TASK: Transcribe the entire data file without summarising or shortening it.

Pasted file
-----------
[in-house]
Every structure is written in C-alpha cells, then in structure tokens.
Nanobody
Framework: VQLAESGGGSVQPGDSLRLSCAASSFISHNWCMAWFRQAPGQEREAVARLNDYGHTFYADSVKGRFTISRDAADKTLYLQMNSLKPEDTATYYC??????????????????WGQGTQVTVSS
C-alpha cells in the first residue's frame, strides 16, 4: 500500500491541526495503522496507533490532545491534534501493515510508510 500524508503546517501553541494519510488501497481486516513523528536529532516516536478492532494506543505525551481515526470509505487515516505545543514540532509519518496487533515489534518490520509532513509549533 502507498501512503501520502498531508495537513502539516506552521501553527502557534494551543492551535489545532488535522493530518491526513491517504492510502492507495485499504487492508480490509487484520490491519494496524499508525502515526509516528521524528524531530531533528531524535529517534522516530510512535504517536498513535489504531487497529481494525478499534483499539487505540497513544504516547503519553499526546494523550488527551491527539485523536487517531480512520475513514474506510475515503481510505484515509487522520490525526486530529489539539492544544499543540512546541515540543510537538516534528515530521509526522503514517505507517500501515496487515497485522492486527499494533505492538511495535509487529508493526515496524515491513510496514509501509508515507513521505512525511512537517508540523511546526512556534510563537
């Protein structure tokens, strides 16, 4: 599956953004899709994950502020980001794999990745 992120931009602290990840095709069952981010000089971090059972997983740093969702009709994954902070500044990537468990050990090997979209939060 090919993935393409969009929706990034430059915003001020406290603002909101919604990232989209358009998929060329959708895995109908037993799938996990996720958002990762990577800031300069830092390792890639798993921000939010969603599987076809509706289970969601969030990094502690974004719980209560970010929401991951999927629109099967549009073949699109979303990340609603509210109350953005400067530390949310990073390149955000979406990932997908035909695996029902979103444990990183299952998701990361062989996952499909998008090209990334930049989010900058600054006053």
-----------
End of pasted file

[in-house]
Every structure is written in C-alpha cells, then in structure tokens.
Nanobody
Framework: VQLAESGGGSVQPGDSLRLSCAASSFISHNWCMAWFRQAPGQEREAVARLNDYGHTFYADSVKGRFTISRDAADKTLYLQMNSLKPEDTATYYC??????????????????WGQGTQVTVSS
C-alpha cells in the first residue's frame, strides 16, 4: 500500500491541526495503522496507533490532545491534534501493515510508510 500524508503546517501553541494519510488501497481486516513523528536529532516516536478492532494506543505525551481515526470509505487515516505545543514540532509519518496487533515489534518490520509532513509549533 502507498501512503501520502498531508495537513502539516506552521501553527502557534494551543492551535489545532488535522493530518491526513491517504492510502492507495485499504487492508480490509487484520490491519494496524499508525502515526509516528521524528524531530531533528531524535529517534522516530510512535504517536498513535489504531487497529481494525478499534483499539487505540497513544504516547503519553499526546494523550488527551491527539485523536487517531480512520475513514474506510475515503481510505484515509487522520490525526486530529489539539492544544499543540512546541515540543510537538516534528515530521509526522503514517505507517500501515496487515497485522492486527499494533505492538511495535509487529508493526515496524515491513510496514509501509508515507513521505512525511512537517508540523511546526512556534510563537
């Protein structure tokens, strides 16, 4: 599956953004899709994950502020980001794999990745 992120931009602290990840095709069952981010000089971090059972997983740093969702009709994954902070500044990537468990050990090997979209939060 090919993935393409969009929706990034430059915003001020406290603002909101919604990232989209358009998929060329959708895995109908037993799938996990996720958002990762990577800031300069830092390792890639798993921000939010969603599987076809509706289970969601969030990094502690974004719980209560970010929401991951999927629109099967549009073949699109979303990340609603509210109350953005400067530390949310990073390149955000979406990932997908035909695996029902979103444990990183299952998701990361062989996952499909998008090209990334930049989010900058600054006053």